September 30, 2019
Today’s GPS technology has become a big part of modern life and GPS tracking is a process at the heart of any vehicle tracking system. You likely encounter this sort of technology at work and in your daily life, but do you really understand it? And do you know how to make the most of GPS tracking to boost your commercial fleet’s efficiency and safety records?
Here, we will explain the basis of GPS tracking, including how it works, what it can be used for, and a little about the basics and origins of modern GPS systems. So the next time you encounter this technology, you’ll be able to appreciate the wonderful way it improves your life.
GPS stands for Global Positioning System. It refers to a network of 24 satellites in orbit and devices on the ground that can establish a person or object’s location on Earth with astonishing precision. GPS actually tracks three separate data sets: positioning, navigation, and timing.
You may not realize it but this technology has been around for a long time. GPS was originally created for military use in the 1960s. In 1983, GPS became available for public use, and the technology has only grown from there. Today, it’s used for everything from precision military maneuvers in foreign lands to kids playing mobile phone games in your neighborhood.
GPS requires the use of many satellites orbiting the Earth. These satellites continually broadcast their locations and status above us. This is continually monitored by the GPS Master Control Station, as well as other tracking and monitoring stations here on the ground, to ensure accuracy and proper function. The Master Control Station is also responsible for maintenance and correction, should anything go wrong.
A GPS device on Earth receives these signals, interpreting each one’s unique data. By mapping the locations of four or more satellites in relation to the tracking device, it can triangulate its exact position in three-dimensional space. More satellites are often used to validate data and provide a more accurate location reading.
You’re probably familiar with some of the most common uses for GPS technology, but there are others you may have never considered. GPS is an important part of all sorts of operations, from the military, to our first responders, to commercial and personal use.
GPS began in the military more than 50 years ago, and the military continues to use it to track aircraft, troop movements, navigation at sea, and more. GPS navigation in the military is especially important for those stationed in unfamiliar territory or units moving at night.
More recently, new GPS technology has allowed the military to make use of UAVs (Unmanned Aerial Vehicles). These UAVs (sometimes referred to as drones) are a life-saving technology as they allow us to see and operate in some of the most dangerous places on Earth, without putting our servicemen and women in harm’s way. They can be operated remotely and are often used for intelligence, surveillance, and reconnaissance missions.
GPS plays an important role in search and rescue operations, allowing rescue personnel to keep track of the locations they’ve covered, look at the big picture in a search operation, or even pull GPS data directly from a lost individual’s GPS device or phone.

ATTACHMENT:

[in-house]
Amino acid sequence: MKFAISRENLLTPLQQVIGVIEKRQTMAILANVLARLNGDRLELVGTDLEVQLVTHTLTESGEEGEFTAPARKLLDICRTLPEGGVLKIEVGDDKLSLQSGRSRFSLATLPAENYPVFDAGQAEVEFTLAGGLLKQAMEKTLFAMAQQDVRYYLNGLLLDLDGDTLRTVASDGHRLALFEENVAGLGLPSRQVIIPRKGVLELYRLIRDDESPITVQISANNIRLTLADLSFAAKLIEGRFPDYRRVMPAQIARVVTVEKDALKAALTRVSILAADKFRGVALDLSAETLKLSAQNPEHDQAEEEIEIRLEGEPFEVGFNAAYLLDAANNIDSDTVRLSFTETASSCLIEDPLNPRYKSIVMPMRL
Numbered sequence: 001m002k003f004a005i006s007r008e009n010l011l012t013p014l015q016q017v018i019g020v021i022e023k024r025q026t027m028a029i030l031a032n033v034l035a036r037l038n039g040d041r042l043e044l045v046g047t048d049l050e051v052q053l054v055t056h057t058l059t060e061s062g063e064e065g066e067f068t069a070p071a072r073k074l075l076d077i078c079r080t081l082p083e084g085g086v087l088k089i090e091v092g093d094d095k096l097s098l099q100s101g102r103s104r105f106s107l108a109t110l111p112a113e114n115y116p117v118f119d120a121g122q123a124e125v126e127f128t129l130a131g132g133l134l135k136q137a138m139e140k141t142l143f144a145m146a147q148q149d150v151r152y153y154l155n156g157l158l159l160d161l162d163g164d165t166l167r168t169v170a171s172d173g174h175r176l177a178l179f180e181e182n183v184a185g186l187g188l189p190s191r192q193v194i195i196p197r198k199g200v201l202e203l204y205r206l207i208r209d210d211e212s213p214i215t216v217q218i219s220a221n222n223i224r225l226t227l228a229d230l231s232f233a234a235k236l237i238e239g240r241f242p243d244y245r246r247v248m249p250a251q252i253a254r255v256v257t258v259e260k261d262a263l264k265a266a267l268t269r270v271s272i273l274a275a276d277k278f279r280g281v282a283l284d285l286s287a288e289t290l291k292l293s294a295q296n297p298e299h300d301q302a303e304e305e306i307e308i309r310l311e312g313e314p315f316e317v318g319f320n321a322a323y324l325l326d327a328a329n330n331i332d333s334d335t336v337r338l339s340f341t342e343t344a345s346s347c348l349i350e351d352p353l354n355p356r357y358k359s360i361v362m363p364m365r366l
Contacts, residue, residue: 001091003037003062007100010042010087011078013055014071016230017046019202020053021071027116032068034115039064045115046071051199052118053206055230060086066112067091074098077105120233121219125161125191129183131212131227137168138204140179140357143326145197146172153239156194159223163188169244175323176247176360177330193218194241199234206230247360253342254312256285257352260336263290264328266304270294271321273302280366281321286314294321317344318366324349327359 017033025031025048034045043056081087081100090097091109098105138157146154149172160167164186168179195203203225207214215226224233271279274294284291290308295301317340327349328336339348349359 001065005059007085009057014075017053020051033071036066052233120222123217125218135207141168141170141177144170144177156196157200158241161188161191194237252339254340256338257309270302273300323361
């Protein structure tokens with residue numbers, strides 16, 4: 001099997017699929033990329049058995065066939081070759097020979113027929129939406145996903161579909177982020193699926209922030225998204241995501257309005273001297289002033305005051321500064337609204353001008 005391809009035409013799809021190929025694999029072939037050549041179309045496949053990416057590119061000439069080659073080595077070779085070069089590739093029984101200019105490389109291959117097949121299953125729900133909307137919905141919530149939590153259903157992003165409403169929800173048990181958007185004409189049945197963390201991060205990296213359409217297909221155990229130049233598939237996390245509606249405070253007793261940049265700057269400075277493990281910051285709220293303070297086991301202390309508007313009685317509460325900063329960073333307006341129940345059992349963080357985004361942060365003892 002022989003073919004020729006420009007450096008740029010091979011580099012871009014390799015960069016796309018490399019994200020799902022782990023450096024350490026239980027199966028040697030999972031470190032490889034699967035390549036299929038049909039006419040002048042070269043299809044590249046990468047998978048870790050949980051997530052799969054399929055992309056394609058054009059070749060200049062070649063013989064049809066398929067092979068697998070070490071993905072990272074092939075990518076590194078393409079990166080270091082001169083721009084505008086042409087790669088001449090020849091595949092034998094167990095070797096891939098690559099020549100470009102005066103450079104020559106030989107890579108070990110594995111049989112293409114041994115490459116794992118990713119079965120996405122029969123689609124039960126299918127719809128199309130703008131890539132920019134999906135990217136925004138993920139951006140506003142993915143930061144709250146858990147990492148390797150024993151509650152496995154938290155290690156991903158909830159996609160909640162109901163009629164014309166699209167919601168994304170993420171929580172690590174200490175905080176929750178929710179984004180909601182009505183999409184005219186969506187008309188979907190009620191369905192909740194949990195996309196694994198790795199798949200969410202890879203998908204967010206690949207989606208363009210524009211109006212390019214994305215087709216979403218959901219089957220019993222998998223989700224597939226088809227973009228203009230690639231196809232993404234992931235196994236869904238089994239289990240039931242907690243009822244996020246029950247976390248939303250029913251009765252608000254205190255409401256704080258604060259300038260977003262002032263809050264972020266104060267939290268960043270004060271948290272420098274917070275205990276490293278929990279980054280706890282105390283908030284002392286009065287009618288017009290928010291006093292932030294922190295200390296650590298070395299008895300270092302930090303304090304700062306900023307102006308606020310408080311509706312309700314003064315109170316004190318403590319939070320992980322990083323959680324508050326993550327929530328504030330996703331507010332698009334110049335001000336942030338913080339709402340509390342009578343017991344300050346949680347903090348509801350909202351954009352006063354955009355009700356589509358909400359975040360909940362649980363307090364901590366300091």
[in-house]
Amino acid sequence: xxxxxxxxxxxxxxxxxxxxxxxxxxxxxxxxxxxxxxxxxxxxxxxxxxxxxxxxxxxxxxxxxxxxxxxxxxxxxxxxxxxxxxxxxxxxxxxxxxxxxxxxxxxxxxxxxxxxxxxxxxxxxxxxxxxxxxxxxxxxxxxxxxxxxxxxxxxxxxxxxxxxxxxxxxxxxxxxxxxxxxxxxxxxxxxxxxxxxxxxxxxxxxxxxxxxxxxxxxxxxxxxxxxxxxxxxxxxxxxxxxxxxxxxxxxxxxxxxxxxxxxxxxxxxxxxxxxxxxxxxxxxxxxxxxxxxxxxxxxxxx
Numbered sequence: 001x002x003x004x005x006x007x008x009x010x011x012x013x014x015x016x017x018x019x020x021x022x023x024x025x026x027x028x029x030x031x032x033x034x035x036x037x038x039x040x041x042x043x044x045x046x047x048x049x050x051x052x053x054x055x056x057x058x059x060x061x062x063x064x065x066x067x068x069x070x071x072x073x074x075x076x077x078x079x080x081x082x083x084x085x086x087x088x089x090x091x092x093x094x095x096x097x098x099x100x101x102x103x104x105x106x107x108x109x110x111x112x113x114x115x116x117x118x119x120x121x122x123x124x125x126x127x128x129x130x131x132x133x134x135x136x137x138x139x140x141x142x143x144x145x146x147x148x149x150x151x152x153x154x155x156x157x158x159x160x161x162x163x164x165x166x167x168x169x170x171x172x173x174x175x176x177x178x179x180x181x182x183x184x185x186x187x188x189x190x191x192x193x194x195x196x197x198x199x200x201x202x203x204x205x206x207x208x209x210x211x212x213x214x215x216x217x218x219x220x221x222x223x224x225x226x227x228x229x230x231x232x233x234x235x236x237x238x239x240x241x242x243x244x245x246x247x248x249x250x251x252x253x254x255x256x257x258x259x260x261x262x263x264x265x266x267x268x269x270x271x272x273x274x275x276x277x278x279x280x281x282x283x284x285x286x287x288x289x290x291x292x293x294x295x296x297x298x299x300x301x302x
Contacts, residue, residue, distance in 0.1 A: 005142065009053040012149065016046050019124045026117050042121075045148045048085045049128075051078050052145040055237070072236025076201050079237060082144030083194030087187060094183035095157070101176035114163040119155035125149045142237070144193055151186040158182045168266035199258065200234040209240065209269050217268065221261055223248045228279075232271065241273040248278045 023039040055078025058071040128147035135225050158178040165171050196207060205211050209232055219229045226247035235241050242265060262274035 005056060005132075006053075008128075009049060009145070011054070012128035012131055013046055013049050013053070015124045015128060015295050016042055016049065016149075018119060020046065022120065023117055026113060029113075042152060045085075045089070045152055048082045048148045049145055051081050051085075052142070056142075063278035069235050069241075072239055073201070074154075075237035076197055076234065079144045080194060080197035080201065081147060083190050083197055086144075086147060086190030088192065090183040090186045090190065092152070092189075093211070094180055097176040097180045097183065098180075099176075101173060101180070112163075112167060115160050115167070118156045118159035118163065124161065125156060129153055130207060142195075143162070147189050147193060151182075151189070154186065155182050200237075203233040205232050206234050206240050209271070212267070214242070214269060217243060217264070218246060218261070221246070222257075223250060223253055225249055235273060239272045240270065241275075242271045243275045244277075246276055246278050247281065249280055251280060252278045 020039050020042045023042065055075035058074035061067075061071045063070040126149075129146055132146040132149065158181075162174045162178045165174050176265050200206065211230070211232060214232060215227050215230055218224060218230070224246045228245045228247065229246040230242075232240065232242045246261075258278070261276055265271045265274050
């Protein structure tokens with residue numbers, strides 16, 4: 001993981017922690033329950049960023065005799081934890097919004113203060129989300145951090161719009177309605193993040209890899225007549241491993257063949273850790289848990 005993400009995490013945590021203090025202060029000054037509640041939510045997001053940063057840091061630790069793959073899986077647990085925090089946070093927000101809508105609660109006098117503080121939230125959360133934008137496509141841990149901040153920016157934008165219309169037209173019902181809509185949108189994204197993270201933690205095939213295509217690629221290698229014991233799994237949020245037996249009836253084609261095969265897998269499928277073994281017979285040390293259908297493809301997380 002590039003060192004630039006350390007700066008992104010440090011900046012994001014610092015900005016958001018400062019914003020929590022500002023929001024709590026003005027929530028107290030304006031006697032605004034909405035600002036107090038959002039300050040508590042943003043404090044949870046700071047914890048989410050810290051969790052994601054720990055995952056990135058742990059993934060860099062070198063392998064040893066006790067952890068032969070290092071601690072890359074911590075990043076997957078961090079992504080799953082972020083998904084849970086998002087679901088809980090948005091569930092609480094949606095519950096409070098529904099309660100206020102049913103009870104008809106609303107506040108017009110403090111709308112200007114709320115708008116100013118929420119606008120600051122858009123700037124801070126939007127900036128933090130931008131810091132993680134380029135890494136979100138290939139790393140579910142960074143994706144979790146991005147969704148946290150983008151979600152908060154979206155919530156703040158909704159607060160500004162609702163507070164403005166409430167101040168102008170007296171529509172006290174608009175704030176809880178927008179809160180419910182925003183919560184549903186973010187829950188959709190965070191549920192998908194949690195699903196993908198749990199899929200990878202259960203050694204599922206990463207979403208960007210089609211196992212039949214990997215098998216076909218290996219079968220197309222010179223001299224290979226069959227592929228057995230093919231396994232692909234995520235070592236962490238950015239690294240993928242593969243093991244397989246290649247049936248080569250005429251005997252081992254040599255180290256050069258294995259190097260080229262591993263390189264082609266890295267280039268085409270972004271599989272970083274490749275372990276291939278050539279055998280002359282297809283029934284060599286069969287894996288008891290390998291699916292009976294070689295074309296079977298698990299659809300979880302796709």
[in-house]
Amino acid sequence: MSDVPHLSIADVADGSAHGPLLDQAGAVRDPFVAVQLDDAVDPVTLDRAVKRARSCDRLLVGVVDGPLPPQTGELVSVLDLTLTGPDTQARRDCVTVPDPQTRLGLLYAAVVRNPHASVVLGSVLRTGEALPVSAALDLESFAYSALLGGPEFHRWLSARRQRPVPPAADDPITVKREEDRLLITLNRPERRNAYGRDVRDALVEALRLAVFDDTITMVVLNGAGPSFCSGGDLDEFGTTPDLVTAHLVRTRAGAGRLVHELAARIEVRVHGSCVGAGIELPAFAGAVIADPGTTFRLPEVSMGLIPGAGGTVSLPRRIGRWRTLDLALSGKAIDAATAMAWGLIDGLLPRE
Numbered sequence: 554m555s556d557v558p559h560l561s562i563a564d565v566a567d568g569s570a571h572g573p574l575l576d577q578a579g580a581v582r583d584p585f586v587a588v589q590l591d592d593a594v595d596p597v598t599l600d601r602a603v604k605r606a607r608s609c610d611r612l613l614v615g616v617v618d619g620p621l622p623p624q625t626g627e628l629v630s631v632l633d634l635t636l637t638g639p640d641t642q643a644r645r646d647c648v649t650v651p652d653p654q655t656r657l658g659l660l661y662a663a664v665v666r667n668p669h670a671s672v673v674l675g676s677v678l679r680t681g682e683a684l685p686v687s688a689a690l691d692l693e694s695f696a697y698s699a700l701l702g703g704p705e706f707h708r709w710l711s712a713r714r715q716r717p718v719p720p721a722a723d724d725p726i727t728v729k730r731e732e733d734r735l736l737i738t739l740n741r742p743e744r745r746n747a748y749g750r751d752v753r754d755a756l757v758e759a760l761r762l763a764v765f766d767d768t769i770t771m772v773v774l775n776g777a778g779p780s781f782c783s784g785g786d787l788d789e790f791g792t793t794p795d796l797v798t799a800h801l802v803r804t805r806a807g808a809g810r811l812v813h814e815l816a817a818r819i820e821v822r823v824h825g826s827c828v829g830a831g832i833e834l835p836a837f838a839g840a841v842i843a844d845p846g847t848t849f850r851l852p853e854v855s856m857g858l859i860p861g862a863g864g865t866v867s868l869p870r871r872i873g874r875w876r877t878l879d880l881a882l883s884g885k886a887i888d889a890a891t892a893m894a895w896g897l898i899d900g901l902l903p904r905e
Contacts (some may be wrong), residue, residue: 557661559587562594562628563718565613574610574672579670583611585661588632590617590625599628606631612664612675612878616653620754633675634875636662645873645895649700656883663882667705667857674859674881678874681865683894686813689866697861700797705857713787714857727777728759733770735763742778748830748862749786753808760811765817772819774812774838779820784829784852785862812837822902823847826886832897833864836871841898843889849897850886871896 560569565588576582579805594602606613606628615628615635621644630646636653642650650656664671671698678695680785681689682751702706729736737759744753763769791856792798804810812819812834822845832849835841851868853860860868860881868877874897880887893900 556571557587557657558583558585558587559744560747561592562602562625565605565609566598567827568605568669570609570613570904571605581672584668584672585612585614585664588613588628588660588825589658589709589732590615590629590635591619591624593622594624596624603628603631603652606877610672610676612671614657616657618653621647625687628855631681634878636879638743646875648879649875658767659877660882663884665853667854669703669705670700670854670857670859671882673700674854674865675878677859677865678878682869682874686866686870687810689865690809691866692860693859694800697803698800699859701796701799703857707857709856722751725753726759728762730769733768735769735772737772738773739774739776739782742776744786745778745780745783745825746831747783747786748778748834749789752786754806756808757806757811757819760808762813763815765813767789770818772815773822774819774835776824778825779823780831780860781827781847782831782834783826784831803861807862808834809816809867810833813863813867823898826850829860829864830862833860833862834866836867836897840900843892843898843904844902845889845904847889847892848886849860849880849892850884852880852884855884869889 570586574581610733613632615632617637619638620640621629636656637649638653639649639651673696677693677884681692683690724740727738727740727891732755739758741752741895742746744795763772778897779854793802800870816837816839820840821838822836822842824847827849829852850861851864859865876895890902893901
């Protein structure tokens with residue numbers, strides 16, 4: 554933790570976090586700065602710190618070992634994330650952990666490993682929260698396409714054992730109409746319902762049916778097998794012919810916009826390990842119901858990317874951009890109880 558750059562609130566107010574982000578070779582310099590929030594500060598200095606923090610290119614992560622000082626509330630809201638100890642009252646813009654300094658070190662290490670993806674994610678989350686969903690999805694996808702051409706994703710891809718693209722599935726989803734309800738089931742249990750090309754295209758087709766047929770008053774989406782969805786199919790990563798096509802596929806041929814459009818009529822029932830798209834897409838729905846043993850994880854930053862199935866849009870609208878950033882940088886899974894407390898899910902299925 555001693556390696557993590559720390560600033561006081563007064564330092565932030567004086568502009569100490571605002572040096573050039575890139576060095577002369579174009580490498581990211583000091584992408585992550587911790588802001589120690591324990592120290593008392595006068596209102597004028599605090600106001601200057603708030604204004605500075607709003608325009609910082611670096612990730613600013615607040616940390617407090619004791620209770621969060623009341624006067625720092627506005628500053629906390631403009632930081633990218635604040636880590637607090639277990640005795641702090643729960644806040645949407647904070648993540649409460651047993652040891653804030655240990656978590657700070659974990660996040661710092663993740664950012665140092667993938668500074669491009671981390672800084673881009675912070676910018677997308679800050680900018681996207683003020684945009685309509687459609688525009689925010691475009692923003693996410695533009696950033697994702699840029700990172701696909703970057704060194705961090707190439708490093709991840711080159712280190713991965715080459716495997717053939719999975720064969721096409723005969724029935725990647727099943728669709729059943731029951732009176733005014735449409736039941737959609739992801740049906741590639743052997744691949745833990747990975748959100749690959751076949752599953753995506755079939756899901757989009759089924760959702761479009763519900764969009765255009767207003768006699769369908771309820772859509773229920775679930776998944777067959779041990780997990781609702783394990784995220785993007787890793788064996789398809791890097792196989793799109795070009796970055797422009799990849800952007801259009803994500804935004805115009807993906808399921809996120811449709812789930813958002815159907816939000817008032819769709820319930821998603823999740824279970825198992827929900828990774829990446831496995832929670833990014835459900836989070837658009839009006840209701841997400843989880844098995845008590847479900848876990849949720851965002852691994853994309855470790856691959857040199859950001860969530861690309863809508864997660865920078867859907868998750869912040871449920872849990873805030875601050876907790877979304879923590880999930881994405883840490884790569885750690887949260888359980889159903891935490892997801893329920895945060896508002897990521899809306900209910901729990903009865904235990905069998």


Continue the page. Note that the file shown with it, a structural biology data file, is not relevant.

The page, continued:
When a search and rescue operation is looking for survivors from a major disaster or trying to locate a missing person in an undeveloped area, they use a grid system. This ensures that each area is searched thoroughly, and no area is searched twice at the expense of other locations. Years ago, search and rescue operations were conducted with a pencil and paper. This method could at times be inaccurate and confusing for volunteers. Today search and rescue teams often are equipped with GPS trackers to ensure a more accurate search pattern.
GPS tracking has a number of commercial uses, but perhaps one of the most powerful is the deployment of GPS devices to track commercial fleets. By having a GPS on every vehicle, companies with fleets can keep track of exact driver location and status, glean powerful insights about fleet efficiency, and be able to provide roadside assistance immediately if necessary.
GPS is a vital part of modern fleet tracking systems in order to keep track of vehicle activity and location, improving safety and efficiency. While some were concerned that this technology would function like “big brother” and cause labor disputes with fleet drivers, it has proven to be a worthy inclusion in any fleet’s operations. In addition to making dispatch and routing easier and more accurate, GPS systems in vehicles have been shown to reduce accidents by 38% for small businesses. This means safer roads for everyone and a better reputation for your brand’s fleet.
Beyond the vital safety and life-saving applications for this technology, you’ve probably experienced some of the recreational uses for GPS. It has become a common tool for outdoor enthusiasts. Some activities, such as geocaching, rely on GPS tracking entirely to be possible. Others, such as mountain biking, distance running, or hiking, are enhanced by the addition of GPS tracking, which can provide input on speed, distance traveled, and exact location in the wilderness.
With the growth in smartphone usage, most of us now carry a GPS tracking device everywhere we go. This means we can now use this technology in new and novel ways, from AR (augmented reality) applications to the ability to location-based games, we’re only beginning to scratch the surface of the ways GPS can be used for fun and recreation.